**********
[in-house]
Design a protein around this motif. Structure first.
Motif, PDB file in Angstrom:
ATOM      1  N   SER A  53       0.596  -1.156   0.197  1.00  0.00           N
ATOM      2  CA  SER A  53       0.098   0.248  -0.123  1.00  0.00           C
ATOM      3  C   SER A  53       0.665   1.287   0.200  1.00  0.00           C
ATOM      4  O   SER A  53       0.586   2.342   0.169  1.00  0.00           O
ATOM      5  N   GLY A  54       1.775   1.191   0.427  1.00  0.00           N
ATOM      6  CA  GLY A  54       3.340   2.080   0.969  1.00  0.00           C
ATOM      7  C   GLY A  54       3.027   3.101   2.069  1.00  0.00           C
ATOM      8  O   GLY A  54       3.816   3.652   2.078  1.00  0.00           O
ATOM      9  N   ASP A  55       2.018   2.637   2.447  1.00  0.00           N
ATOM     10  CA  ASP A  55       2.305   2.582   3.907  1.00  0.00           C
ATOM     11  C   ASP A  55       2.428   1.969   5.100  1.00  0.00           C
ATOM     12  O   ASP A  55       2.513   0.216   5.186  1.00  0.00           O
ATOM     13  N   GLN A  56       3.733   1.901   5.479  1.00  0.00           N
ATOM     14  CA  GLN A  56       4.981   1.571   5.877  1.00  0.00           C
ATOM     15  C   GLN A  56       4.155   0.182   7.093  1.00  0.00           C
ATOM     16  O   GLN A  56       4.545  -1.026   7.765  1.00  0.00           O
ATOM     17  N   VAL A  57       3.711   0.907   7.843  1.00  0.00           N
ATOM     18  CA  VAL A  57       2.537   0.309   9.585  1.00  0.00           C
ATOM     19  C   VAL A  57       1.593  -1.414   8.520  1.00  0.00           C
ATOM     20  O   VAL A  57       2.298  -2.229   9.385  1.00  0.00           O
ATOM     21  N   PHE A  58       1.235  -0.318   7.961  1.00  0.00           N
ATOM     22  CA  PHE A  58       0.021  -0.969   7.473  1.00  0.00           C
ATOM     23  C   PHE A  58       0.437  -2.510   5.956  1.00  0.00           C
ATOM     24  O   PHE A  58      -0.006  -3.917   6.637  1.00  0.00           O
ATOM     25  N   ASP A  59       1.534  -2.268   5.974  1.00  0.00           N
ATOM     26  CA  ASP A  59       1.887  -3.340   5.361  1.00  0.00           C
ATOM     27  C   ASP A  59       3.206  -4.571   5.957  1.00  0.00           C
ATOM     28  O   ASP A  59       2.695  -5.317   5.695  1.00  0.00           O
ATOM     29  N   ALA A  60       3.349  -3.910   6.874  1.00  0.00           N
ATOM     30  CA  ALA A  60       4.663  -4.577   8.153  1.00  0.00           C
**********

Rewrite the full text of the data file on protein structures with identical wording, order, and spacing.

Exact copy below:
[in-house]
Design a protein around this motif. Structure first.
Motif, PDB file in Angstrom:
ATOM      1  N   SER A  53       0.596  -1.156   0.197  1.00  0.00           N
ATOM      2  CA  SER A  53       0.098   0.248  -0.123  1.00  0.00           C
ATOM      3  C   SER A  53       0.665   1.287   0.200  1.00  0.00           C
ATOM      4  O   SER A  53       0.586   2.342   0.169  1.00  0.00           O
ATOM      5  N   GLY A  54       1.775   1.191   0.427  1.00  0.00           N
ATOM      6  CA  GLY A  54       3.340   2.080   0.969  1.00  0.00           C
ATOM      7  C   GLY A  54       3.027   3.101   2.069  1.00  0.00           C
ATOM      8  O   GLY A  54       3.816   3.652   2.078  1.00  0.00           O
ATOM      9  N   ASP A  55       2.018   2.637   2.447  1.00  0.00           N
ATOM     10  CA  ASP A  55       2.305   2.582   3.907  1.00  0.00           C
ATOM     11  C   ASP A  55       2.428   1.969   5.100  1.00  0.00           C
ATOM     12  O   ASP A  55       2.513   0.216   5.186  1.00  0.00           O
ATOM     13  N   GLN A  56       3.733   1.901   5.479  1.00  0.00           N
ATOM     14  CA  GLN A  56       4.981   1.571   5.877  1.00  0.00           C
ATOM     15  C   GLN A  56       4.155   0.182   7.093  1.00  0.00           C
ATOM     16  O   GLN A  56       4.545  -1.026   7.765  1.00  0.00           O
ATOM     17  N   VAL A  57       3.711   0.907   7.843  1.00  0.00           N
ATOM     18  CA  VAL A  57       2.537   0.309   9.585  1.00  0.00           C
ATOM     19  C   VAL A  57       1.593  -1.414   8.520  1.00  0.00           C
ATOM     20  O   VAL A  57       2.298  -2.229   9.385  1.00  0.00           O
ATOM     21  N   PHE A  58       1.235  -0.318   7.961  1.00  0.00           N
ATOM     22  CA  PHE A  58       0.021  -0.969   7.473  1.00  0.00           C
ATOM     23  C   PHE A  58       0.437  -2.510   5.956  1.00  0.00           C
ATOM     24  O   PHE A  58      -0.006  -3.917   6.637  1.00  0.00           O
ATOM     25  N   ASP A  59       1.534  -2.268   5.974  1.00  0.00           N
ATOM     26  CA  ASP A  59       1.887  -3.340   5.361  1.00  0.00           C
ATOM     27  C   ASP A  59       3.206  -4.571   5.957  1.00  0.00           C
ATOM     28  O   ASP A  59       2.695  -5.317   5.695  1.00  0.00           O
ATOM     29  N   ALA A  60       3.349  -3.910   6.874  1.00  0.00           N
ATOM     30  CA  ALA A  60       4.663  -4.577   8.153  1.00  0.00           C